Friday, April 12, 2024

New restaurant to bring E.L. international cuisine

April 5, 2001

It’s going to be East Lansing’s newest flavor.

Raydan Café and Market, 317 M.A.C. Ave., an international cuisine restaurant that also will have fresh-squeezed juices, will likely open up next week, said Aminah Sutphen, who owns the café along with her husband Mustahil Akaak.

“We love the area and we love campus,” Sutphen said. “We love the food, and we are hoping we can make a go of it.”

Sutphen awaits a license from the city.

The café will have hot meals, such as curry served with hot bread and rice, as well as cold dishes such as hummus, tabouli and lebna - a creamy yogurt eaten with pita bread.

Sutphen said the café also will have a market area for hard-to-find international dry goods, like cheeses and oils.

“We also hope to have some common items as well,” she said. “Like if you run out of milk and toilet paper you can stop in here and get it.”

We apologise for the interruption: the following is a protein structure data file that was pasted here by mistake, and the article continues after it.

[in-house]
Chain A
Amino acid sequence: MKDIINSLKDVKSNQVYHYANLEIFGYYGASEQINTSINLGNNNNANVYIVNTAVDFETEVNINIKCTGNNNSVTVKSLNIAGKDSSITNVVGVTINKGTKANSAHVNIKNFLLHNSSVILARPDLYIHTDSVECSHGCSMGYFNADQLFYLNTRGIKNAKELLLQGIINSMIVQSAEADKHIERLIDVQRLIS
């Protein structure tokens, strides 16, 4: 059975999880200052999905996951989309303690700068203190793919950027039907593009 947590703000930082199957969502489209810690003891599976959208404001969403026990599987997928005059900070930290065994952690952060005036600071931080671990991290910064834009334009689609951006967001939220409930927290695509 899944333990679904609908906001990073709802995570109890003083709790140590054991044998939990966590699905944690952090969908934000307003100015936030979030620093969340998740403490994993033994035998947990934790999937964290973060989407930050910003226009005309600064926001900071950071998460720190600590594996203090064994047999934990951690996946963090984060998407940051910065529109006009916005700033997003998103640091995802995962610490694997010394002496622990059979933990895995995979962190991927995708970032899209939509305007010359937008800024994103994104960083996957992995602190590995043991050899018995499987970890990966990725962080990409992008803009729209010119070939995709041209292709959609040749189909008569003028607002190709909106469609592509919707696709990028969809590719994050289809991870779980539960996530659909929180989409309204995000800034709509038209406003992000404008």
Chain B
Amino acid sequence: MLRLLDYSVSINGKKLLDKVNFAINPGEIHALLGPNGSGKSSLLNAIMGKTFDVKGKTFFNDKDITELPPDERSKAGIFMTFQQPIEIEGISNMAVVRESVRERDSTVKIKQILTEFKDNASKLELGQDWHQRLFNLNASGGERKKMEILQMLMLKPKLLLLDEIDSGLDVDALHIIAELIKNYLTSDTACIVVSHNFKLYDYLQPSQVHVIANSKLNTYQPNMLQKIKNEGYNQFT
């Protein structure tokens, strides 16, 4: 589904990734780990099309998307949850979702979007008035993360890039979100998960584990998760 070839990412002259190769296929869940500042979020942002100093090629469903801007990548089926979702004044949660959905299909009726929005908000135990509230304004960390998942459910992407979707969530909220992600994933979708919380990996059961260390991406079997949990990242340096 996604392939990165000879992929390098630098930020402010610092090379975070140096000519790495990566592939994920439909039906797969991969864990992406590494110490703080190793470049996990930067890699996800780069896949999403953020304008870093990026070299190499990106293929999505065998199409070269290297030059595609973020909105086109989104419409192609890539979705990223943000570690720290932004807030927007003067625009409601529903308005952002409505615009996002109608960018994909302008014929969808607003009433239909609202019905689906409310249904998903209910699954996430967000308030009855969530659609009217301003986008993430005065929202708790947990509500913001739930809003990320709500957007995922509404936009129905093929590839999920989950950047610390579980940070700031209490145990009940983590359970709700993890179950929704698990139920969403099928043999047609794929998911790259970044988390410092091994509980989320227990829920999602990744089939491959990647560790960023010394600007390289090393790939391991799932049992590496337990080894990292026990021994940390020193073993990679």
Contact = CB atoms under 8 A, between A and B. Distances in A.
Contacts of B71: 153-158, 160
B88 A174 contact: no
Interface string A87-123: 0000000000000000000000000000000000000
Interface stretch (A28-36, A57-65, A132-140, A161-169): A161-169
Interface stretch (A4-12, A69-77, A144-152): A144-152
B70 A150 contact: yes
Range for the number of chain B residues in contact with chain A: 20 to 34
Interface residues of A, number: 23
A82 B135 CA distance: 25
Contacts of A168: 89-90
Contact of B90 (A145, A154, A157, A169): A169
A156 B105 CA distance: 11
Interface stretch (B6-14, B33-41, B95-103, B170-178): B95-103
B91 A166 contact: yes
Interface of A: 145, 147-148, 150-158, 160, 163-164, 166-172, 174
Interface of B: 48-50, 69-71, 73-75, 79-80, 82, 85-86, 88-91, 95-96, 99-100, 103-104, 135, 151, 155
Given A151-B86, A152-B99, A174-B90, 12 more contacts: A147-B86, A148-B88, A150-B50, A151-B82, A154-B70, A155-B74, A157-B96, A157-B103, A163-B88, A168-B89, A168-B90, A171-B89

She also said the café will have a seating area and a carry-out service for people on the go.

Women’s studies senior Juanita Smith said she is a big cooking person who likes all kinds of foods and is excited about a new ethnic cuisine restaurant in the city.

“(The café) will be convenient to go to because it is right in town,” she said. “And I like to try different things.”

East Lansing Councilmember Sam Singh said there has been an increase of ethnic foods in East Lansing during the last three years because of the city’s diverse community.

“There are plenty of pizza and sub shops,” he said. “But when you can get a variety of food it adds to the mix of the quality of downtown.”

Rim Maddur, an advertising sophomore, agreed an ethnic restaurant adds to the flavor of the city and said she would definitely stop in to Raydan Café.

“It is nice to have the Indian restaurants we have (downtown),” she said. “It is something different than junk food or fast food.”

Maddur, though, said the location of the café might deter students from visiting it.

“It’s not a really good location,” she said. “There are not a whole lot of businesses around it that people would go to.”

Regardless, Sutphen hopes students and city residents will enjoy the café’s wide variety of international foods.

“Our food isn’t overly spicy,” she said. “If you can take a little heat it will be fine.”


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